A liquidity trap is also significant because it means that monetary policy, the raising/lowering of interest rates and the purchase/sale of bonds by the central bank, isn’t very effective in a liquidity trap. The Federal Reserve can make funds available for investment, but it can’t force banks to lend or firms to invest or households to spend.  Monetary policy in times of a liquidity trap has been likened to pushing on a string.  The string doesn’t really move much.  Again, neo-classical models don’t allow for the possibility of a liquidity trap.  Indeed they start with assumptions that pretty much exclude the possibility of there ever being one.  Models and theories that start with the assumption that “A” can never happen aren’t of any use in trying solve “A” when it really does show up.

Why do people seek money instead of useful investment in a liquidity trap?  Simple. There are two reasons why firms and people would seek to hold financial wealth as money instead of useful, profitable investments.

  • First, profitable investments require a growing economy and expectations of a growing economy.  If firms and people have no confidence that the economy will grow or that any growth will last, then they don’t invest. No need to expand capacity at the business if you won’t need the extra capacity.
  • Second, if you expect the economy to get worse and/or have deflation happen, then it makes enormous sense to be cash instead of things.  Cash actually is profitable and gains in real purchasing power when deflation happens.  So I would interpret from the above data that people, banks, and firms are expecting more deflation and not expecting inflation.

What to do in a liquidity trap?  Theoretically (and Krugman/Delong push this idea)  you could have the central bank (Federal Reserve) make some sort of commitment to higher future inflation.  But that’s in theory only.  It’s not been proven.  What’s experience say?  We have a choice.  Suffer through it, experience a prolonged depression that could easily last a generation, and make do with lower living standards for the vast majority but see the really wealthy become even more wealthy.  This is the story of the Long Depression in the late 1800’s.   Or, we could turn to aggressive fiscal policy. Keynesian style spending for job creation.  That’s been proven.  It worked in the 1930’s until it was abandoned in 1937, it worked in 1939-1940 with the start of WWII (not my choice of spending priorities), and it worked quite well in the 1950’s through the 1970’s in achieving a higher average annual growth rate in GDP than has been achieved since.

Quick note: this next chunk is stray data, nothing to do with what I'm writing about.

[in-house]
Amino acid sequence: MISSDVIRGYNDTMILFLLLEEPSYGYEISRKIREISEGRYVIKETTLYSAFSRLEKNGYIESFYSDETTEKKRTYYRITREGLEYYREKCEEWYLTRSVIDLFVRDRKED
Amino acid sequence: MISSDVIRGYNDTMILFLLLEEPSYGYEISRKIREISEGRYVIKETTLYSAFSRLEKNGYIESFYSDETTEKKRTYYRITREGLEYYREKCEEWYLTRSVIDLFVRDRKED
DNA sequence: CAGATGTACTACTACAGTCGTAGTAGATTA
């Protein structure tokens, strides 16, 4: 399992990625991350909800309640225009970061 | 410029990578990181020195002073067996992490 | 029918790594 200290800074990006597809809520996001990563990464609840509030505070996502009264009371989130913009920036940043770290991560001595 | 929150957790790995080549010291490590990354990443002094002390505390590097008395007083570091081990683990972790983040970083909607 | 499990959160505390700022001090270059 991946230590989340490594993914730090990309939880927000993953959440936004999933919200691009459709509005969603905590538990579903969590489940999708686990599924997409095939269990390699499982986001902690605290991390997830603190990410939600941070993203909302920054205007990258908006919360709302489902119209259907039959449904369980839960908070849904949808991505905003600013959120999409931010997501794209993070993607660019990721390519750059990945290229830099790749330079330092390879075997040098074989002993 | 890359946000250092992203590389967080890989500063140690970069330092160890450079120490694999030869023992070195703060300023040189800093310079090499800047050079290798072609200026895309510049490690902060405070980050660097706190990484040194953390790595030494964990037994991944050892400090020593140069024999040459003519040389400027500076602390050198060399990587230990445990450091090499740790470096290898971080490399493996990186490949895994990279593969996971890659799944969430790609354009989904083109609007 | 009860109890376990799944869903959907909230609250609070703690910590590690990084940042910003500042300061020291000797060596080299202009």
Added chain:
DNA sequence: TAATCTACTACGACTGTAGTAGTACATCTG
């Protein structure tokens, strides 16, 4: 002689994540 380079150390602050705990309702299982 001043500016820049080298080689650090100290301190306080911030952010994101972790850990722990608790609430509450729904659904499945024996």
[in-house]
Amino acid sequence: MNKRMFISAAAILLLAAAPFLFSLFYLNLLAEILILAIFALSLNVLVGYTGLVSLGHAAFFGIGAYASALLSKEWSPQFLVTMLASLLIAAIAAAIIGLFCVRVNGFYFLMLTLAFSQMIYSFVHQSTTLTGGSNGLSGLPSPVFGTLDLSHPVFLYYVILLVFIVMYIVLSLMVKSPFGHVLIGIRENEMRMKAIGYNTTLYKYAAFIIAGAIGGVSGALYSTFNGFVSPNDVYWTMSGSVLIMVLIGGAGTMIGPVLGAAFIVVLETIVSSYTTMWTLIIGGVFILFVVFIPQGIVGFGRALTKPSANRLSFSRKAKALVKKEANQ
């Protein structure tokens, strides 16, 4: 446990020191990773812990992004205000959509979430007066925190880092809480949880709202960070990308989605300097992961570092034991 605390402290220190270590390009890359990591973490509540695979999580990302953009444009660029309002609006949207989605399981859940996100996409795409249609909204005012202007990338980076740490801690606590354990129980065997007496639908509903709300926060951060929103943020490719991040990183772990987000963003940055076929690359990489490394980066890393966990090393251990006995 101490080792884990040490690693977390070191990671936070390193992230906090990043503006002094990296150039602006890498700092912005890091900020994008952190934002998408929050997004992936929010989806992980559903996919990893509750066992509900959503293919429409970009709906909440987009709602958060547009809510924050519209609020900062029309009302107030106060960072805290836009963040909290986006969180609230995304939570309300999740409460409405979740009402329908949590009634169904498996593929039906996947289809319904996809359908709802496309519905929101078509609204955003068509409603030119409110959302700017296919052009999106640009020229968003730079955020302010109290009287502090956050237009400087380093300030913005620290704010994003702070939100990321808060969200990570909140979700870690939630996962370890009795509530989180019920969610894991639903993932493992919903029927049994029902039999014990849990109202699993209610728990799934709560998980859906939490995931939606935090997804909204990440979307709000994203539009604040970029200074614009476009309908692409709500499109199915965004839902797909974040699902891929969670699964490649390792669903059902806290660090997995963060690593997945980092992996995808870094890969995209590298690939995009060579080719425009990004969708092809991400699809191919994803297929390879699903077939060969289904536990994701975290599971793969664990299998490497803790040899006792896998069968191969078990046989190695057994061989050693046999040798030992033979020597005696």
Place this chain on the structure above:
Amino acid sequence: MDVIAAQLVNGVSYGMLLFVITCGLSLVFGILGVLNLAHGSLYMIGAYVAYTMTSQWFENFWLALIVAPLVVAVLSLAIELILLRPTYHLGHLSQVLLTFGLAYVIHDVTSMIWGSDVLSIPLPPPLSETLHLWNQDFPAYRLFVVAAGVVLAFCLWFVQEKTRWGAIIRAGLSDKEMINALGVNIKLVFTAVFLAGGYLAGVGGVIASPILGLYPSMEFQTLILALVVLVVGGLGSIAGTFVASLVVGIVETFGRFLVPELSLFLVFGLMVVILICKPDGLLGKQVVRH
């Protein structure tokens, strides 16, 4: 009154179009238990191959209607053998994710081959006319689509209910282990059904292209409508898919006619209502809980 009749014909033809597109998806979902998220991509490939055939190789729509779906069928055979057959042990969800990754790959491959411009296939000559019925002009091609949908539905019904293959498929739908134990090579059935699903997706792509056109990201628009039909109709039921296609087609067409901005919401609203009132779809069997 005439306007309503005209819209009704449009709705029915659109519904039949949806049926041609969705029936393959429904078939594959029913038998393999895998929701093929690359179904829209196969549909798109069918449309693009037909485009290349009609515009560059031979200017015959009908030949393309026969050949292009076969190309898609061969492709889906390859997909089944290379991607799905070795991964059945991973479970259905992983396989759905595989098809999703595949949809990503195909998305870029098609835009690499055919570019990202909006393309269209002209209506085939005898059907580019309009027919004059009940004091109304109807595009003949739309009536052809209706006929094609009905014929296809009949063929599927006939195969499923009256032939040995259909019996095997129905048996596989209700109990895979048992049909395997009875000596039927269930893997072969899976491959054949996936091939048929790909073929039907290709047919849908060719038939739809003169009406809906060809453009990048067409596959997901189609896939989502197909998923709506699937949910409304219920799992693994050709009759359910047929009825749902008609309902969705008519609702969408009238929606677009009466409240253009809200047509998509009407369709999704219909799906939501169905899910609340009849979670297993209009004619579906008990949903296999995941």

Unfortunately, too many economists, and the politicians that follow them, are so married to their ideologically-based models that they persist in the theory even when the facts contradict it.

Founding Fathers Would Have Opposed A Balanced Budget Amendment – The Purpose of National Government Was to Borrow

Both official Washington and the chattering political classes have spent most of the past 12 months debating how to cut the government budget, reduce deficits, and limit debt.  Key groups, and perhaps the most vocal and strident groups in the debate, have been the self-described “constitutional conservatives” and Tea Party types. They have staked out the position that government deficits, debt, and indeed any taxation except the most minimal taxation is un-American and antithetical to “first principles” of the Founding Fathers.  They maintain a myth that the U.S. Constitution was created to limit the U.S. government’s ability to tax or run a deficit.  Unfortunately for them, history and the constitution itself tell a different tale.

Historian William Hogeland punctures the myth that the Founding Fathers would have agreed with today’s Tea Party types using an historian’s favorite tools – the facts. The following originally appeared at New Deal 2.0. Besides the applicability to today’s debates, it makes fascinating reading about the historical situation that led to the Constitution after the Revolution.  (emphasis below in bold are mine)